Smoke Cleansing & Incense: Mugwort can be used for smoke cleansing, and is a much more eco-friendly and sustainable alternative to white sage (Salvia apiana).
Mugwort can be dried and bundled into smoke wands (aka “smudge sticks”), or combined with other smoke cleansing herbs like lavender and sage – which I find smells better than straight mugwort. (Our Moon Ritual Kits come with sage, lavender, and mugwort smoke wands.)
A smoke cleansing wand made with mugwort is perfect to purify and sanctify a ritual space before any magical working. Use mugwort smoke during moon rituals, or to cleanse/purify divinatory tools like tarot/oracle decks, etc…
Dream Pillows & Sachets: A popular way to use mugwort is to stuff a small pillow or sachet with dried mugwort leaves and flower buds.
Typically called a “dream pillow”, place the mugwort pillow beneath your regular pillow when you sleep to promote lucid dreaming and gain insight from your dreams.
Mugwort Oil: Infused oils can be made using dried mugwort. Dab some on your third eye before working with tarot or oracle cards. Roll some on before bed to promote dreaming.
Our Moon Oil is made from our own home-grown mugwort infused in sunflower oil and moonstone chips.
Wands: Mugwort grows thick, woody stems that make a nice wand. Cast a circle before bed, or use it to direct energy during moon spells.
Kindling: Mugwort stems can also be gathered, dried, and used for kindling for a Samhain bonfire, or anytime you want to add a little magick to your fire.
Charms & Spells: Mugwort is perfect to use for any spells or magical workings related to new moon intentions, protection, dreams, divination, or intuition. Dried mugwort can be used in spell jars, included in sachets, or tied with crystals/charms and hung wherever a little protection and/or magic is needed.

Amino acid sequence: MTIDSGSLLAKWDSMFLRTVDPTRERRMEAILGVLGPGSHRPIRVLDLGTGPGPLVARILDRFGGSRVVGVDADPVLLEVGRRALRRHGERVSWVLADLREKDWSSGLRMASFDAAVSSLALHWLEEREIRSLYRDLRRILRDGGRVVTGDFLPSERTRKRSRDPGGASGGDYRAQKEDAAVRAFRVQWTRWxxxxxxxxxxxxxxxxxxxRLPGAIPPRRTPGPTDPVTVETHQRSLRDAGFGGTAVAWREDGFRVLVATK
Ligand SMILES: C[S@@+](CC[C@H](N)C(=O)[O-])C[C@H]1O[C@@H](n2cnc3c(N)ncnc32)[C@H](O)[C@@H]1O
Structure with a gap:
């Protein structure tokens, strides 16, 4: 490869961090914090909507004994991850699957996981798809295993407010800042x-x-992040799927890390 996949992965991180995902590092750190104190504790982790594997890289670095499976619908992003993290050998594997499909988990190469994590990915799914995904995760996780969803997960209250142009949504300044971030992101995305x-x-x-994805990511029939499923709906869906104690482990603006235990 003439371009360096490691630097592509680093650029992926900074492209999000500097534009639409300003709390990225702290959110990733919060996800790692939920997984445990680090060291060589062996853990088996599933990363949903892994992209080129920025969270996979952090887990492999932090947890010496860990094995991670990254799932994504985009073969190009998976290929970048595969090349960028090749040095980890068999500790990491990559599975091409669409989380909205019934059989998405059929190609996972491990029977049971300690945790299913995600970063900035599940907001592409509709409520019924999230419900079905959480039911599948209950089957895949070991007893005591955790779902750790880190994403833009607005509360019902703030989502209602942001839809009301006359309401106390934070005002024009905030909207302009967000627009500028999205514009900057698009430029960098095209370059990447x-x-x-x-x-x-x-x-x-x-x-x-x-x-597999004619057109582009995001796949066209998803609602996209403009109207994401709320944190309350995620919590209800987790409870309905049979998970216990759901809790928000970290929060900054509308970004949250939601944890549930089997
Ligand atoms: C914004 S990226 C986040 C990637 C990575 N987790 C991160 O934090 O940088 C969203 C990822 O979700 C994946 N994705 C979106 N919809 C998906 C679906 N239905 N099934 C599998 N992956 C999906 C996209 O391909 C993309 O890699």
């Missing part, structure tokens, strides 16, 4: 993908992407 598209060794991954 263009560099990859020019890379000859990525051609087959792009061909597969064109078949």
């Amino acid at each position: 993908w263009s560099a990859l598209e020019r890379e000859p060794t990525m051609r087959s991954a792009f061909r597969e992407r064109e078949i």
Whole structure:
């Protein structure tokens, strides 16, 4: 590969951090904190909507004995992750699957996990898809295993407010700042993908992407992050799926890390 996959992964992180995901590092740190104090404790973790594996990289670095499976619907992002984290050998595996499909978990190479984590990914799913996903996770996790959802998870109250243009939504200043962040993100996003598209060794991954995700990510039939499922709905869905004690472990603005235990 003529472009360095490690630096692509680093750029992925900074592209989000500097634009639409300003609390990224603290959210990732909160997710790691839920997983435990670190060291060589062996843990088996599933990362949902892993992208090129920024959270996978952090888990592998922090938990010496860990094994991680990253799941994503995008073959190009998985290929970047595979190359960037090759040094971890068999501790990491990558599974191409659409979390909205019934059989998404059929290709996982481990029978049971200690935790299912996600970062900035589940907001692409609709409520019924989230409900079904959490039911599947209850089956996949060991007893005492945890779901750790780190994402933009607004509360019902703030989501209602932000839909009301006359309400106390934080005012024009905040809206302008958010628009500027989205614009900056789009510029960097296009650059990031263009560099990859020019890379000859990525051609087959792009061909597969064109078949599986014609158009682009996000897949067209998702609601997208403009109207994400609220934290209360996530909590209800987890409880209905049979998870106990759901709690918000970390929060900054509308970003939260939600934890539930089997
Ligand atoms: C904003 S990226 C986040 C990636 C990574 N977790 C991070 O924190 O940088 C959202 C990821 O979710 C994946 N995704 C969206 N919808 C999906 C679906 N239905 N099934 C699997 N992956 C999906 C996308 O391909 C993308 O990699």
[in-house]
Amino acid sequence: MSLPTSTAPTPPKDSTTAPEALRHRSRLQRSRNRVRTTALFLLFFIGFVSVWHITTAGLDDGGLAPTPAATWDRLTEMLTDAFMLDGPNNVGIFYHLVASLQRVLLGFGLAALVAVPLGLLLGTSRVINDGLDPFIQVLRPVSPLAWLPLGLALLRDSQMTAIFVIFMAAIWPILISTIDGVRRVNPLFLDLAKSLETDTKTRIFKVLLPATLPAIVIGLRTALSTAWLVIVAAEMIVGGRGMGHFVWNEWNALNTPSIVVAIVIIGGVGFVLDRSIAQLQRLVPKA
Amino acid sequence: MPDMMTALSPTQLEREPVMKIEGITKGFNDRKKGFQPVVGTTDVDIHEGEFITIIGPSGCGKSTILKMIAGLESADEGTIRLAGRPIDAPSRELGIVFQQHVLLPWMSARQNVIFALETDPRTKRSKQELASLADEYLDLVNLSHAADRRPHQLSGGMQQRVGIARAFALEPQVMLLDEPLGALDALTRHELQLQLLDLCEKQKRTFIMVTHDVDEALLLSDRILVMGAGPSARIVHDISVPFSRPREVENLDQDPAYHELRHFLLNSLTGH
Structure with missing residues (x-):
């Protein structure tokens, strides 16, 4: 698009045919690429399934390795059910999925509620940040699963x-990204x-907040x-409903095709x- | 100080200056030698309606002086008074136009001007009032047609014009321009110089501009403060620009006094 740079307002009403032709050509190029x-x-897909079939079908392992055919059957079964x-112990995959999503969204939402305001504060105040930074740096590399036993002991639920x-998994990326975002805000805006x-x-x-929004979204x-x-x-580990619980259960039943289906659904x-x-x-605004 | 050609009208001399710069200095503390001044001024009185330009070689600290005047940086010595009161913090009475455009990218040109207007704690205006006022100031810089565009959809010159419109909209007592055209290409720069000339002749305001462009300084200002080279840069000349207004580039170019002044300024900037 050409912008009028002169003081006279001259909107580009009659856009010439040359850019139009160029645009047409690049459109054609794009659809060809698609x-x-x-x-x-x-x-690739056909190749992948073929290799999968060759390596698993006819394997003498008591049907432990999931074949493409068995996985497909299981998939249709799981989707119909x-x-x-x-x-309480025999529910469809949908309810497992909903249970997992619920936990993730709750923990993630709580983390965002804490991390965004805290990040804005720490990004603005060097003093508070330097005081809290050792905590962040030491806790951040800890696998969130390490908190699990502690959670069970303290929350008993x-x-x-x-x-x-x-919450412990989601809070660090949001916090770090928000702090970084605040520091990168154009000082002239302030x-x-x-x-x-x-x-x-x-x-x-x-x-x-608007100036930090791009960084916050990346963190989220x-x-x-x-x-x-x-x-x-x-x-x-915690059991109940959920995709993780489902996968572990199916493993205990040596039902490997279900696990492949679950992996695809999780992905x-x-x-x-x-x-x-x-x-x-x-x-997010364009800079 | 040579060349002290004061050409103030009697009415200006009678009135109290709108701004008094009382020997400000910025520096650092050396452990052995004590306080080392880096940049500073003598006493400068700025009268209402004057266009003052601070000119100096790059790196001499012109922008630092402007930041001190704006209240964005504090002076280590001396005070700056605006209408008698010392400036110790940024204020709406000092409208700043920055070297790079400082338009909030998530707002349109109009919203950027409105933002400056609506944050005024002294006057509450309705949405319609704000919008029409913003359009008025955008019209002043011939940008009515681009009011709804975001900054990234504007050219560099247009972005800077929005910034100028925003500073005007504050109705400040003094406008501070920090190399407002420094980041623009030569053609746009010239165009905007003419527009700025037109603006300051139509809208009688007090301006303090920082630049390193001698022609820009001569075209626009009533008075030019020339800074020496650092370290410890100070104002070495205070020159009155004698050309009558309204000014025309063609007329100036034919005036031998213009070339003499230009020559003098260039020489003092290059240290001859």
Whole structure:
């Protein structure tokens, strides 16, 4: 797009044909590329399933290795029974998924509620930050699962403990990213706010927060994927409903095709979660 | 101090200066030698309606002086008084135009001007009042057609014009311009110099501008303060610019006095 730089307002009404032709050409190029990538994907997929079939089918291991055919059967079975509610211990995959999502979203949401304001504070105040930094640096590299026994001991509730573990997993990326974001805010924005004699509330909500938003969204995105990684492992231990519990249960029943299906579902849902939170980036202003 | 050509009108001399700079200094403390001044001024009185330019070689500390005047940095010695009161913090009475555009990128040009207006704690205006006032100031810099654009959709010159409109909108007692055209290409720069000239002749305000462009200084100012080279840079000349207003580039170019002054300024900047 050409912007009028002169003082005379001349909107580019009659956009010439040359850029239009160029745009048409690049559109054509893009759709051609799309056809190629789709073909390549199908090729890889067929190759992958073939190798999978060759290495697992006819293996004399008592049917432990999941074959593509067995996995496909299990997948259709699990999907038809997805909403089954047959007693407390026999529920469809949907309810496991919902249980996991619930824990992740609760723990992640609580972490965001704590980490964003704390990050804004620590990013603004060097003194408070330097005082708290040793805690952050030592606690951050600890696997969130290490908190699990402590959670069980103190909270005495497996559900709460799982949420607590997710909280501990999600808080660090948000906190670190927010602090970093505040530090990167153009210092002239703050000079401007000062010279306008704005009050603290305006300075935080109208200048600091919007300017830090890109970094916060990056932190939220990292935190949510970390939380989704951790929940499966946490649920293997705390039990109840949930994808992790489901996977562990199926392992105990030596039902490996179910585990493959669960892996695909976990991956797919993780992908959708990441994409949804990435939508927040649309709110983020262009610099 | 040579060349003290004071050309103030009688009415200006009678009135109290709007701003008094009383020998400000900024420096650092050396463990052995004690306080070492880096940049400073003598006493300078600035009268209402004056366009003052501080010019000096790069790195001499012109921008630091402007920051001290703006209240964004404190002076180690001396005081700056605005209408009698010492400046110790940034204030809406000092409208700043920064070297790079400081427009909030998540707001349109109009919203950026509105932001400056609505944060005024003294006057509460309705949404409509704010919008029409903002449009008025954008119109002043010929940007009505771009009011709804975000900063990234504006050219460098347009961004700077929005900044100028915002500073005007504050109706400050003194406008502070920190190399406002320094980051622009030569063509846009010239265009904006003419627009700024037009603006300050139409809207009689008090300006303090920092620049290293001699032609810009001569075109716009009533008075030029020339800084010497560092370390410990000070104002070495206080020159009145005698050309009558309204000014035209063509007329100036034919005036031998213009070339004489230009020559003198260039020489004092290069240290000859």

Tea: Mugwort can be brewed as a tea, and it’s available commercially as well.
Please see precautions below, as thujone, an active component in mugwort, can be toxic in high doses and with extended use!
Smoking: Mugwort can be smoked, or added to herbal smoking blends. This is said to promote relaxation and the vivid dreams that mugwort can induce. Mugwort is not a psychedelic, and won’t get you high.
Crystal Pairings: Black tourmaline, moonstone, selenite, satin spar, amethyst, clear quartz, smoky quartz, and labradorite are all crystals that I work with when also working with mugwort.
Precautions For Using Mugwort
Mugwort contains thujone, which can be toxic in high doses or during prolonged use.
When harvesting mugwort for culinary use, be sure that your mugwort is sourced from an area that is not contaminated by pesticides or industrial pollutants.
Mugwort pollen is a main source of hay fever and allergic asthma. I am very allergic to mugwort pollen, but I find that if I am careful to harvest it before the flowers open (which is recommended), I can work with it just fine.
Mugwort In The Garden
Mugwort grows just about anywhere, and is often found in parks, roadsides, stream and riverbanks, and other disturbed areas.
Mugwort is not native to North America, but has naturalized here. Because it can take over and outcompete native plants, I do not recommend planting it in or near natural areas.
It can be a serious pest in the garden, tenaciously spreading through underground rhizomes making it nearly impossible to get rid of once it takes root. It can propagate from root fragments, and spreads each year, forming a larger and broader clump.
Mugwort likes to grow in full sun, but will tolerate partial shade. It doesn’t require any special care and has few insect pests.
I have a patch that grows in my yard and I simply let it do its thing and it grows six feet tall!
Harvest just before the flower buds open. For me, that is the last week of August – first week of September in my zone 5 upstate New York garden.
Do YOU Work With Mugwort?
If so, comment below and tell me how you use it! I’d love some additional ideas to try!